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What is the best practice to link code & documentation and let them being up to date ?

Actually, in my work, business rules are unfortunately not well specified so we discover them during the process of coding. I know it is not so good but our boss providing them is like a ghost...

I'm test infected & we are using the wiki Trac.

I have noticed that mainstream framework (spring etc) tight their test code & bug wit just the id of the bug on jira.

You may propose to just simply comment my code.

But let say that you are designing an application for aliens that take care of humans. And some of them dont have a single clue of what is a human. An you know that you might work in the future with some aliens developpers.

So we have a HumanFactory that create a human with bones, flesh...
I can like always comment the class but i know that it will take a LOT of comments to fully explain what is a human. And it might evolve.

My example might sound humorous but i have experiment that on a project of 2 years where all the business rules are inside some IT people and no where else. And they see them like trivial or natural because they are so used to them.

So like any test link with a bug reported on jira, i have tought of this process.
* A page on the wiki will list all the business rules (BR) with a unique number: BR1... BR101. And any BR have to be as minimalist as possible. If it is not the case it will be split in more BR.
* Any test will have just a short description and a link to the rule in the comment : See #BR45

What do you think about that ? Any other pratice ?
Thanks in advance

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"What is the best practice to link code & documentation and let them being up to date" - strive to make the code the documentation.

Update: you mention that you are "...talking about business rules not the technical implementation". Many companies are going down the path of making the business rules 'runnable' using tools like SpecFlow (in the .NET world)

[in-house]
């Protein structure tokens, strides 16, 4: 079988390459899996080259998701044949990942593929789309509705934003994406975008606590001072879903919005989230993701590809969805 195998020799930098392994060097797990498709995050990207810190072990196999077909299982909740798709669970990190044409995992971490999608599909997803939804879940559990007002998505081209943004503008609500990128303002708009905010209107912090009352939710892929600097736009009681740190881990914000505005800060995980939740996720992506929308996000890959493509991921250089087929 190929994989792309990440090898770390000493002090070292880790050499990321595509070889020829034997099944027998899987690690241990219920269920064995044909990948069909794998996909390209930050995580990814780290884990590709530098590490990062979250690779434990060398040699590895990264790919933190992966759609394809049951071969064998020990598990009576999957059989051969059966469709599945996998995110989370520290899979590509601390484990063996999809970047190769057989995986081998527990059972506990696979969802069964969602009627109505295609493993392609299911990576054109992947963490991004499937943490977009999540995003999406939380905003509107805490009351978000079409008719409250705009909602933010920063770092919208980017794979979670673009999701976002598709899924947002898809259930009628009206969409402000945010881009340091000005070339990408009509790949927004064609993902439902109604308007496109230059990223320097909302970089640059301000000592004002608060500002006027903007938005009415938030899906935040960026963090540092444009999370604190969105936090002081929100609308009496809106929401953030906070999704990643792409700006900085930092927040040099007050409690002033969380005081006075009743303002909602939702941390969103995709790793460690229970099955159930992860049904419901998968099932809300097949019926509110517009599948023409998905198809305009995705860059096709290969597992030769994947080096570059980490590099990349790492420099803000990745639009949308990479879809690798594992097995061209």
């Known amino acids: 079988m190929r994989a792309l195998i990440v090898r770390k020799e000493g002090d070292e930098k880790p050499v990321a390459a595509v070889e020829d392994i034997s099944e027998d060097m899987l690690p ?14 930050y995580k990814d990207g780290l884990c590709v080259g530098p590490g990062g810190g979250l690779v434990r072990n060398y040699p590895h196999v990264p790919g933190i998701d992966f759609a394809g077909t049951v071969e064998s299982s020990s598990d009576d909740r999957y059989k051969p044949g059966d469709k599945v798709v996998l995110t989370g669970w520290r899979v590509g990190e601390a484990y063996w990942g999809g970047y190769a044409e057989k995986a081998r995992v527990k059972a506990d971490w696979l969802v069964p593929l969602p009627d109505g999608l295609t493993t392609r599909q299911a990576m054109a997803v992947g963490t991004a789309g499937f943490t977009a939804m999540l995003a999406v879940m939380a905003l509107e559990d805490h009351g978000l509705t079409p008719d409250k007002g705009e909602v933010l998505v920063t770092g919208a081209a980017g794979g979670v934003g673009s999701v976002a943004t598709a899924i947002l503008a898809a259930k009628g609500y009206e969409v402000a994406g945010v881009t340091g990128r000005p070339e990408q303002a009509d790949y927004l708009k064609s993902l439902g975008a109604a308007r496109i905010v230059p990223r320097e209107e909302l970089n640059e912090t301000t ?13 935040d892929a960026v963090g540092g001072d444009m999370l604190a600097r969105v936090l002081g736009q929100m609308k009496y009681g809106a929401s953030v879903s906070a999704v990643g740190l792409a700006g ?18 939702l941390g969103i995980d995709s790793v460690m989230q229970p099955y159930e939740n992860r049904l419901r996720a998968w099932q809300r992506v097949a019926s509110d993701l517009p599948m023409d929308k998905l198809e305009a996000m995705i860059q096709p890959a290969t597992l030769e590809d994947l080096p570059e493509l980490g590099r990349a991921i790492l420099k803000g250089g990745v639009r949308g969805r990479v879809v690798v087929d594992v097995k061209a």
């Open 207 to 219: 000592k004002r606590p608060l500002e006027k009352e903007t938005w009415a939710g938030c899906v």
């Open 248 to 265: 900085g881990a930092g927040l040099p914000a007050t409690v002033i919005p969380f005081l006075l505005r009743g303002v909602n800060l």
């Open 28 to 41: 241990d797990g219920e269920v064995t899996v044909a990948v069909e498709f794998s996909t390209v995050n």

share|improve this answer
I must say that this works more in theory than in practice. Unless, you mean inline documentation via comments. Even then, this is only good for low-level and, at best, "mid-level" documentation. – Michael Goldshteyn Oct 23 '10 at 17:33
And when you want to understand a concept you have to dig in the code that, contrary to a document doesnt contains a table of contents? I think it will be good on a litlle project only. Im talking about business rules not the technical implementation. – Omar Elfada Oct 23 '10 at 17:35
The aim of programmers should be to right correct, self-documenting code. If you have more than one source of truth, you will eventually find them out of sync. – Mitch Wheat Oct 23 '10 at 17:38
@FrenchGuy: what do you deem to be a small project? – Mitch Wheat Oct 23 '10 at 17:38
i cant define what is a small project but ours is a national project that will be used by about 3000 users. There is a server side with WbServices & a client rcp application to produce letters wih constants & variables, etc. I may have forget to tell that the Business rules HAVE to be visible by any user not just the IT sides.But synchronizing comments & a seperate online documentation will be too much. – Omar Elfada Oct 24 '10 at 14:03

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